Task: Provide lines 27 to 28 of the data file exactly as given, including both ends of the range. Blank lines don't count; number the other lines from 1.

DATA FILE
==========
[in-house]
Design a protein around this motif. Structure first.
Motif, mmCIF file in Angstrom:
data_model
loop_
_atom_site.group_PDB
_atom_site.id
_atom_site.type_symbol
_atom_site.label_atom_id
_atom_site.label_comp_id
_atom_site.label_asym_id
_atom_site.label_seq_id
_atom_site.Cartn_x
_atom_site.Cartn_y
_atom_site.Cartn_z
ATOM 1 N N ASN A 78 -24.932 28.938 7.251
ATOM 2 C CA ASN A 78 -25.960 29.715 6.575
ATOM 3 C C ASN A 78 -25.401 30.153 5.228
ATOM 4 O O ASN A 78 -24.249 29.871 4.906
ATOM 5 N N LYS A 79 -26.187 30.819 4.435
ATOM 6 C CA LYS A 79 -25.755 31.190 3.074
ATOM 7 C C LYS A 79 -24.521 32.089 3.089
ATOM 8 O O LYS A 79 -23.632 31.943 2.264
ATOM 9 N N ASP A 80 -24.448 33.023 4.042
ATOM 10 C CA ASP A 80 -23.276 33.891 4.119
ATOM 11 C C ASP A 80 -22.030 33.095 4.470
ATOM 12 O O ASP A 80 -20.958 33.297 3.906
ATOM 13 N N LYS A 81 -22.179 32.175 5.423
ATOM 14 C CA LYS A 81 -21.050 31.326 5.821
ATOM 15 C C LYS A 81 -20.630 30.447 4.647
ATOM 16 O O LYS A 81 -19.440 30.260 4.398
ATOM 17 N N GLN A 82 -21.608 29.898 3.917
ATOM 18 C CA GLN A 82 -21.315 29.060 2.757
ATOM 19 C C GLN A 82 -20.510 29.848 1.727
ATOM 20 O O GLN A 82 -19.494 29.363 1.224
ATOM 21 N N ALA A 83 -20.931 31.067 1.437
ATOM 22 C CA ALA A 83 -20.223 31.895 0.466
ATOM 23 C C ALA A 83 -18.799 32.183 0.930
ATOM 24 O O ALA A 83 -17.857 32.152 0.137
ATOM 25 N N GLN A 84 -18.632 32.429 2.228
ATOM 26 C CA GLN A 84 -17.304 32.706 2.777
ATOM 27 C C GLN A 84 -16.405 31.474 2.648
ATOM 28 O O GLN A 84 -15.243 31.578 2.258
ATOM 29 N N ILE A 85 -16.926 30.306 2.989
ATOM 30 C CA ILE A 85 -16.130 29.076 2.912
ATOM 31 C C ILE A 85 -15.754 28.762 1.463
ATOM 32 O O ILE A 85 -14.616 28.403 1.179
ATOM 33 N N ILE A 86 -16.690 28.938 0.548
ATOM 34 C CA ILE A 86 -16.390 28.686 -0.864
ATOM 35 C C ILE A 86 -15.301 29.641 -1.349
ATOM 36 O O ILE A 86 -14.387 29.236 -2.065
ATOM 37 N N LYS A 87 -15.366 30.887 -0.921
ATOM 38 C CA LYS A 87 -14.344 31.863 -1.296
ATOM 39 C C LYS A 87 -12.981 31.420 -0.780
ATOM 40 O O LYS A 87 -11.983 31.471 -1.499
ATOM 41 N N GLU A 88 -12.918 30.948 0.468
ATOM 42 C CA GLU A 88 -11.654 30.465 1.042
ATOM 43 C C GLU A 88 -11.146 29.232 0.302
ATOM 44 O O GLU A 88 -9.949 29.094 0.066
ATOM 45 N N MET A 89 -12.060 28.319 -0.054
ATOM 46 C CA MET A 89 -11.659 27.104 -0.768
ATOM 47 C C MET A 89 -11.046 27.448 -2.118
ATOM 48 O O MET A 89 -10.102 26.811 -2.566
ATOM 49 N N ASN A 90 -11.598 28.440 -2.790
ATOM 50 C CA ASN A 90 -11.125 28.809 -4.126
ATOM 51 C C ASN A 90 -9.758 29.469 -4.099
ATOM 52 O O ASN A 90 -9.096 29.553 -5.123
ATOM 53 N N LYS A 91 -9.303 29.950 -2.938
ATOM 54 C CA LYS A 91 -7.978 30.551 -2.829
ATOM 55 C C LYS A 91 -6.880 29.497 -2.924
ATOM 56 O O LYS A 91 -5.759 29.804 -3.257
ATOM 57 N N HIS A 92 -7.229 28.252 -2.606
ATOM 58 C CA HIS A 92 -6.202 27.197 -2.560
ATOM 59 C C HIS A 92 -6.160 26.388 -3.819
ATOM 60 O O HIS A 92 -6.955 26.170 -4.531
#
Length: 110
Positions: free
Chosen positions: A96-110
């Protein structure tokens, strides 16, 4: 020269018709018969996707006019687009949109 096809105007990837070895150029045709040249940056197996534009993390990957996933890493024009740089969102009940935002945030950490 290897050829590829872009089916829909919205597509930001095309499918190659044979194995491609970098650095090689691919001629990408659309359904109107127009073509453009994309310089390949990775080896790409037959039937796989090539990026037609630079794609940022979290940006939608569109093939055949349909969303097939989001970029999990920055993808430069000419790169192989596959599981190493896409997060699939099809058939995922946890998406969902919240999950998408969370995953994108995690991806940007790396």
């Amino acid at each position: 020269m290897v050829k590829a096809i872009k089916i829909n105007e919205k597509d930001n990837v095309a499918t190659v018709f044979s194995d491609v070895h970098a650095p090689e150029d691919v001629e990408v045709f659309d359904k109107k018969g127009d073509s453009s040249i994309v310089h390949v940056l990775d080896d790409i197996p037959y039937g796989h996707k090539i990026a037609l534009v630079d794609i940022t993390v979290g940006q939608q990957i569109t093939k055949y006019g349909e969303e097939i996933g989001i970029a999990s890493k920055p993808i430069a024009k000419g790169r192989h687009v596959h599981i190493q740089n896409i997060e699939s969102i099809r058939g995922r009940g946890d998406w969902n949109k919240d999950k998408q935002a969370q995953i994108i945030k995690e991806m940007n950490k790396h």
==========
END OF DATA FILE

ATOM 12 O O ASP A 80 -20.958 33.297 3.906
ATOM 13 N N LYS A 81 -22.179 32.175 5.423